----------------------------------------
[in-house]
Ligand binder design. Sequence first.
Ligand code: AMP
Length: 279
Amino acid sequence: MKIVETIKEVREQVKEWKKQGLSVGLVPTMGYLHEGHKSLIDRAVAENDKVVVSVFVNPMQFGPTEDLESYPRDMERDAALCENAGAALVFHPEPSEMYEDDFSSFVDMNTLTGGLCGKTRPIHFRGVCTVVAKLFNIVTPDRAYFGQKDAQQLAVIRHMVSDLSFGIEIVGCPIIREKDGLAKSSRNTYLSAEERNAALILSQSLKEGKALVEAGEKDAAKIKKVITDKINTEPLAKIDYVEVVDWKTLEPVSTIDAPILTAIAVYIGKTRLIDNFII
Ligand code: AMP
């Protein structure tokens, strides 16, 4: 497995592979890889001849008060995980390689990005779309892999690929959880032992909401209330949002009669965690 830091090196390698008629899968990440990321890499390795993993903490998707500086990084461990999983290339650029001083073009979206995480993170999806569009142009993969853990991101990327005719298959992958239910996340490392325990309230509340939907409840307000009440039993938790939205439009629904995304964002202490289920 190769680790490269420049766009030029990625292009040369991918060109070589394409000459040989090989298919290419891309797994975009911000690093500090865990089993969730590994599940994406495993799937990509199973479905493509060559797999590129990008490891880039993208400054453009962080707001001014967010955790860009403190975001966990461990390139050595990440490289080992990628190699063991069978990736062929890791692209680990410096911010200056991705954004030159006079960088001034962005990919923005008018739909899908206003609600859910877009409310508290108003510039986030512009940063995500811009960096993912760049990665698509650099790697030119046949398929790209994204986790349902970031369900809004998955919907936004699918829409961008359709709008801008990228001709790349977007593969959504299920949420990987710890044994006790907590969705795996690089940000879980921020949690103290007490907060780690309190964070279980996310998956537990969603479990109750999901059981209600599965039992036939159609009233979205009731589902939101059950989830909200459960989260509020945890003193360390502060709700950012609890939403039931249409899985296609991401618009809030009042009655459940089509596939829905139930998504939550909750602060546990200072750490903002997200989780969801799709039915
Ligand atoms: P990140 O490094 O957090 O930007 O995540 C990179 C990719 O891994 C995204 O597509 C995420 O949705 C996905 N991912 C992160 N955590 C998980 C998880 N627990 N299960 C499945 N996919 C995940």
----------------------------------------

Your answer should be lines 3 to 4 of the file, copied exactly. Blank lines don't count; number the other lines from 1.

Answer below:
Ligand code: AMP
Length: 279